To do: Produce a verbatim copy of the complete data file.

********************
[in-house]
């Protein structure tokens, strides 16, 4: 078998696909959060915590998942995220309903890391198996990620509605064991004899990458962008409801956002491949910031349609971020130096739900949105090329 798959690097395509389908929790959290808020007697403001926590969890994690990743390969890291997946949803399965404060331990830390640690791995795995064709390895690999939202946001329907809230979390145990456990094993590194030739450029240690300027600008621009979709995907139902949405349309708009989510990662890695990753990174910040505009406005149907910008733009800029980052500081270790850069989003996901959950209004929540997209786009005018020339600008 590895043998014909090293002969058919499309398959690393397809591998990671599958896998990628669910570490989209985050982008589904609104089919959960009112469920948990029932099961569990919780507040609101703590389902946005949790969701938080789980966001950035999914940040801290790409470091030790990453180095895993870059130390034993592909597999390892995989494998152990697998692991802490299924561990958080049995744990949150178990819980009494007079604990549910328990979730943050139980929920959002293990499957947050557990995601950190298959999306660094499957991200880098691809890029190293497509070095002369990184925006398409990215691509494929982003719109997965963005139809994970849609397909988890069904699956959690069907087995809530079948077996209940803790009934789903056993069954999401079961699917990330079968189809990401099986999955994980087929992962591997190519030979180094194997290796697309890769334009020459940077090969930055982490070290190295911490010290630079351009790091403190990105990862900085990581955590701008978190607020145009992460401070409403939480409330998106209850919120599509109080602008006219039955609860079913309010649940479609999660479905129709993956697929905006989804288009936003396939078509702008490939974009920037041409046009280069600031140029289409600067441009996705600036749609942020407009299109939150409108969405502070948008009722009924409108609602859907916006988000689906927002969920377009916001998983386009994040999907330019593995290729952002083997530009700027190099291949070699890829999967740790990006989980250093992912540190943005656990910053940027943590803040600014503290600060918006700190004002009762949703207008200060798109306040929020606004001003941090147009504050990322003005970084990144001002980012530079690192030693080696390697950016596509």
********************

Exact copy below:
[in-house]
């Protein structure tokens, strides 16, 4: 078998696909959060915590998942995220309903890391198996990620509605064991004899990458962008409801956002491949910031349609971020130096739900949105090329 798959690097395509389908929790959290808020007697403001926590969890994690990743390969890291997946949803399965404060331990830390640690791995795995064709390895690999939202946001329907809230979390145990456990094993590194030739450029240690300027600008621009979709995907139902949405349309708009989510990662890695990753990174910040505009406005149907910008733009800029980052500081270790850069989003996901959950209004929540997209786009005018020339600008 590895043998014909090293002969058919499309398959690393397809591998990671599958896998990628669910570490989209985050982008589904609104089919959960009112469920948990029932099961569990919780507040609101703590389902946005949790969701938080789980966001950035999914940040801290790409470091030790990453180095895993870059130390034993592909597999390892995989494998152990697998692991802490299924561990958080049995744990949150178990819980009494007079604990549910328990979730943050139980929920959002293990499957947050557990995601950190298959999306660094499957991200880098691809890029190293497509070095002369990184925006398409990215691509494929982003719109997965963005139809994970849609397909988890069904699956959690069907087995809530079948077996209940803790009934789903056993069954999401079961699917990330079968189809990401099986999955994980087929992962591997190519030979180094194997290796697309890769334009020459940077090969930055982490070290190295911490010290630079351009790091403190990105990862900085990581955590701008978190607020145009992460401070409403939480409330998106209850919120599509109080602008006219039955609860079913309010649940479609999660479905129709993956697929905006989804288009936003396939078509702008490939974009920037041409046009280069600031140029289409600067441009996705600036749609942020407009299109939150409108969405502070948008009722009924409108609602859907916006988000689906927002969920377009916001998983386009994040999907330019593995290729952002083997530009700027190099291949070699890829999967740790990006989980250093992912540190943005656990910053940027943590803040600014503290600060918006700190004002009762949703207008200060798109306040929020606004001003941090147009504050990322003005970084990144001002980012530079690192030693080696390697950016596509």